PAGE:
The PowerPoint program (published by Microsoft) has been around almost as long as the personal computer. The first version was released for the classic Mac operating system in 1987. Of course the capabilities of the program improved with the development of Windows and Mac operating systems and software.
Nowadays PowerPoint has become more than a computer program. It has become like a household word for anyone in business. Powerpoint has lent its presentation style to written communication. Many reports are now written in what has come to be called “point form” where the whole report is written in short sentences marked with dots or check marks. This is the form in which most PowerPoint presentations are written. Written and PowerPoint presentations are designed, more and more, to be interchangeable.
The apparently simplistic form of PowerPoint presentations has been widely criticized. PowerPoint has become such a powerful social influence that many experts believe it has influenced the way people think. Clifford Ness, a social psychologist from Stanford University, believes that “PowerPoint gives you the outcome, but it removes the process.” He believes that people who write in PowerPoint format rarely write explanations for their conclusions.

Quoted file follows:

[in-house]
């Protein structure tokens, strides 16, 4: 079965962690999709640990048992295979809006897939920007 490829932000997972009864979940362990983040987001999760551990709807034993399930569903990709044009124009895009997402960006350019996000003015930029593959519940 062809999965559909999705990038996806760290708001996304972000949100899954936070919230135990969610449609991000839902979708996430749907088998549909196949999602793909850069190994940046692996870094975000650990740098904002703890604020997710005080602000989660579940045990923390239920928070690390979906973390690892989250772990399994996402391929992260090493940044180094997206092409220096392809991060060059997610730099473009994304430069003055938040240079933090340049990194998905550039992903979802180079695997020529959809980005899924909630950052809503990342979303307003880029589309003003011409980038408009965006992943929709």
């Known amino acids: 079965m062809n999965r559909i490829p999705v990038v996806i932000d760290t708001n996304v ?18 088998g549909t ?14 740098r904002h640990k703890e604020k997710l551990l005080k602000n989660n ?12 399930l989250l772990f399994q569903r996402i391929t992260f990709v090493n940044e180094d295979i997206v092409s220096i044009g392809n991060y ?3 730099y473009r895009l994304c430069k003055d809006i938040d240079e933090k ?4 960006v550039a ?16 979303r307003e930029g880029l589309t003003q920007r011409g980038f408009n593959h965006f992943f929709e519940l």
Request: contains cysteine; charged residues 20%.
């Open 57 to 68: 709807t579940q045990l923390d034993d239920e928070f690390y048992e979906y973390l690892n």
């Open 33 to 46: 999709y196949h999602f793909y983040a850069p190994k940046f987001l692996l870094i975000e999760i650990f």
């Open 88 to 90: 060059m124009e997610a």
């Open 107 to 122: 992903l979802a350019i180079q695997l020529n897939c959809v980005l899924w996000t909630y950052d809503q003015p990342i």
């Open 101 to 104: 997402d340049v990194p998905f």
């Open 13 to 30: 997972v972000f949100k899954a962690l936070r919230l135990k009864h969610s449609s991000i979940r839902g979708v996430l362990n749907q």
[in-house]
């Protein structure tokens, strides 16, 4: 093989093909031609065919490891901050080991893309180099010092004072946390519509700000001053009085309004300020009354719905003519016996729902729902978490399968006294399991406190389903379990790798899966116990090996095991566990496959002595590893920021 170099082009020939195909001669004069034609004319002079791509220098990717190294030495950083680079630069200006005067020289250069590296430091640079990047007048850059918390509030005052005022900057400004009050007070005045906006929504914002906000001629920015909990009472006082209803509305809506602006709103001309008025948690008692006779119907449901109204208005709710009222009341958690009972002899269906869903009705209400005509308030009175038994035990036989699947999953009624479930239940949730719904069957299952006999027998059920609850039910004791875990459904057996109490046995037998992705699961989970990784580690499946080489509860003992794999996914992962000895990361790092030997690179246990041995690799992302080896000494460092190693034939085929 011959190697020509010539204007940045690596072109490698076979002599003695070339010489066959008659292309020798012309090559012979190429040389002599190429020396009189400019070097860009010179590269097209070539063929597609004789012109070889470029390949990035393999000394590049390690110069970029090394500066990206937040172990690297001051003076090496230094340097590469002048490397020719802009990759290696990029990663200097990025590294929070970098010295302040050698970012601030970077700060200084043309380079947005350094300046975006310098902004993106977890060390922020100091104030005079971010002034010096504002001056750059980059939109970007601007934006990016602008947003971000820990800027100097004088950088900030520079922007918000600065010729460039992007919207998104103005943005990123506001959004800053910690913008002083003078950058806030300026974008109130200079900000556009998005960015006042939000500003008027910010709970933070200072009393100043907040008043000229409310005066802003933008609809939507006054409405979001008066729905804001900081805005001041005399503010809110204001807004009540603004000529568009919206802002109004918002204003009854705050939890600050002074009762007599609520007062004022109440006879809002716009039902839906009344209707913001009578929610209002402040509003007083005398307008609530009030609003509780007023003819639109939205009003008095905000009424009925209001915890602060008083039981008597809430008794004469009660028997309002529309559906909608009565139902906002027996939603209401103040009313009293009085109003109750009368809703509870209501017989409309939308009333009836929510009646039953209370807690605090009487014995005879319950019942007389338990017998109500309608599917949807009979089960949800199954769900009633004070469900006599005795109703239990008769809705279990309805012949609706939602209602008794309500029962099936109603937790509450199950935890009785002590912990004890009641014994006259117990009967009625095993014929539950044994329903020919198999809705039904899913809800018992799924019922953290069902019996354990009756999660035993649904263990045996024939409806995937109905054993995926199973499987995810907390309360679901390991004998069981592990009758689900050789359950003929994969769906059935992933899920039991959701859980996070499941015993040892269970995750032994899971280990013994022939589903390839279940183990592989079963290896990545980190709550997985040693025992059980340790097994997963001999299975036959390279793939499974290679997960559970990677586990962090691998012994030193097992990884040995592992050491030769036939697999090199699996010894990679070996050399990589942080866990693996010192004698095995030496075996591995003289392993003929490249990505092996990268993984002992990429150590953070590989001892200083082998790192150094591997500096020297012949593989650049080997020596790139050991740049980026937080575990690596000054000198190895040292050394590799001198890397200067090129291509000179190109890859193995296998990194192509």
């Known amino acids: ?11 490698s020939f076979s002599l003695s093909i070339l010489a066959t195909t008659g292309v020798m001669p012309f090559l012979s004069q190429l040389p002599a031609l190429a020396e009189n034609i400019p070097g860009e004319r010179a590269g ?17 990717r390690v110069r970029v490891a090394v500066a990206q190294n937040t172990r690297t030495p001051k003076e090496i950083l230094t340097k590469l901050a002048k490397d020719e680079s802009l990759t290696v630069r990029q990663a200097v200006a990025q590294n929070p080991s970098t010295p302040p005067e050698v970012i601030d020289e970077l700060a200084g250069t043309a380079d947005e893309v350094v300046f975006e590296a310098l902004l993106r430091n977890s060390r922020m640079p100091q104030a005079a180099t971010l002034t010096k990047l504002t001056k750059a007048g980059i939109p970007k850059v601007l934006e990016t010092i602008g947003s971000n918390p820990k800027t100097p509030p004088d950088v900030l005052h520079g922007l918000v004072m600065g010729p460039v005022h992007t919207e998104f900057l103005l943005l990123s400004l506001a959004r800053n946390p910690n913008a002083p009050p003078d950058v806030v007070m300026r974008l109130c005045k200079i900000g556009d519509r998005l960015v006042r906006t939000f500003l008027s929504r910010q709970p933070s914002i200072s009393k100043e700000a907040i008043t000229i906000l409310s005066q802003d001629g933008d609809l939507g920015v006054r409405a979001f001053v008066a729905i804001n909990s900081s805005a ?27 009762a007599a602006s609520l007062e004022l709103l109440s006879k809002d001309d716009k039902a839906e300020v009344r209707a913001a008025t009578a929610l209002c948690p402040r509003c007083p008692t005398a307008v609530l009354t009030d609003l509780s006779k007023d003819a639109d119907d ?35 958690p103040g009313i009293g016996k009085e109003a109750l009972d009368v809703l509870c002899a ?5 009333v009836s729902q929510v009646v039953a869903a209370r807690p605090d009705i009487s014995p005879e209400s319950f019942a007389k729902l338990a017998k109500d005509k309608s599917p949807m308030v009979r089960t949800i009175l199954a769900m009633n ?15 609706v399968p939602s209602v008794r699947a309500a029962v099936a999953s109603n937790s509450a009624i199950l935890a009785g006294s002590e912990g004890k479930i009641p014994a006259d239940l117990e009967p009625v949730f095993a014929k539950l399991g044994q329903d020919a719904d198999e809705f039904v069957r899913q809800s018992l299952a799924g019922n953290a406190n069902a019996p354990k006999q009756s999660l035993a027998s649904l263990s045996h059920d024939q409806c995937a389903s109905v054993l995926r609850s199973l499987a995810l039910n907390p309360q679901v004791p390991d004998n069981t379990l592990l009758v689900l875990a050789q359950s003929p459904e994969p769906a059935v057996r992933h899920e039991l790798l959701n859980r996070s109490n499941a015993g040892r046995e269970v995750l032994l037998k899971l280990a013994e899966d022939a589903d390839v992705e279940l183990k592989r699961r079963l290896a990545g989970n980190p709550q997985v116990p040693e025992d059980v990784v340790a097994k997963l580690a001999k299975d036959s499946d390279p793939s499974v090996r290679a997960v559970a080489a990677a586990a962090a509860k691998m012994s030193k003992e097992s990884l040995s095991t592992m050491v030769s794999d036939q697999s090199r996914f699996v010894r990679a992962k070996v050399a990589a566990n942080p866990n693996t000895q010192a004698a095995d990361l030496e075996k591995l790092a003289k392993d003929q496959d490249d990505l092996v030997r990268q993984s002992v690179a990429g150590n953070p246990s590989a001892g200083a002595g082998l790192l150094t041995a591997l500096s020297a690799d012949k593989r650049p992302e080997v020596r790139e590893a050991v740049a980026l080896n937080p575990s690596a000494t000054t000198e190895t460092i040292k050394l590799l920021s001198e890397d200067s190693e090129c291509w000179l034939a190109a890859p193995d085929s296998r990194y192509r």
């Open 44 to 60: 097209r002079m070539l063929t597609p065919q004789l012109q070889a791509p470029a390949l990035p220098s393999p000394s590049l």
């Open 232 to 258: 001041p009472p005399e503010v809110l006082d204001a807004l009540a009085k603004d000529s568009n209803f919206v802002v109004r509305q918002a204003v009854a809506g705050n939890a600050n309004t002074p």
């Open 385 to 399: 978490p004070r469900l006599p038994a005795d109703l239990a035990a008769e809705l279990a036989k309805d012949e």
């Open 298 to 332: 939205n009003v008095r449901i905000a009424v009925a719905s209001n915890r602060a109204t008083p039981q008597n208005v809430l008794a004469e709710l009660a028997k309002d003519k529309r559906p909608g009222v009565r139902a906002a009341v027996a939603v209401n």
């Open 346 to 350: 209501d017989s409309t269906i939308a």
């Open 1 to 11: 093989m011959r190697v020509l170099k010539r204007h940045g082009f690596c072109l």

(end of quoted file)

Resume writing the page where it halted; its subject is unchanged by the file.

Scott Adams, the author of the “Dilbert” cartoon describes “PowerPoint poisoning.” In 2001, computer writer Angela Garber coined the phrase, “death by PowerPoint” comparing it to the Windows “blue screen of death.”
Of course, the capabilities of today’s PowerPoint software enable a much greater variety of presentation than before. Animation is possible now, as are sound-tracks in the slideshow. However any good PowerPoint designer is aware of the boredom as well as the over-simplification factors in the presentations.
Some presentations that incorporate PowerPoint tend to alternate between the slides and three dimensional or live sections, perhaps using alternative methods of presentation like a visualizer for videos. To prevent the pitfalls of slideshow presentations, Guy Kawasaki, the blogger and frequent Ted Talk presenter, advocates the 10-20-30 rule. A PowerPoint presentation should have 10 slides, last no more than 20 minutes, and use no font smaller than 30.
PowerPoint can be a crutch for poor public speakers. However in the hands of a gifted speaker it can be a basis for entertainment and enlightenment.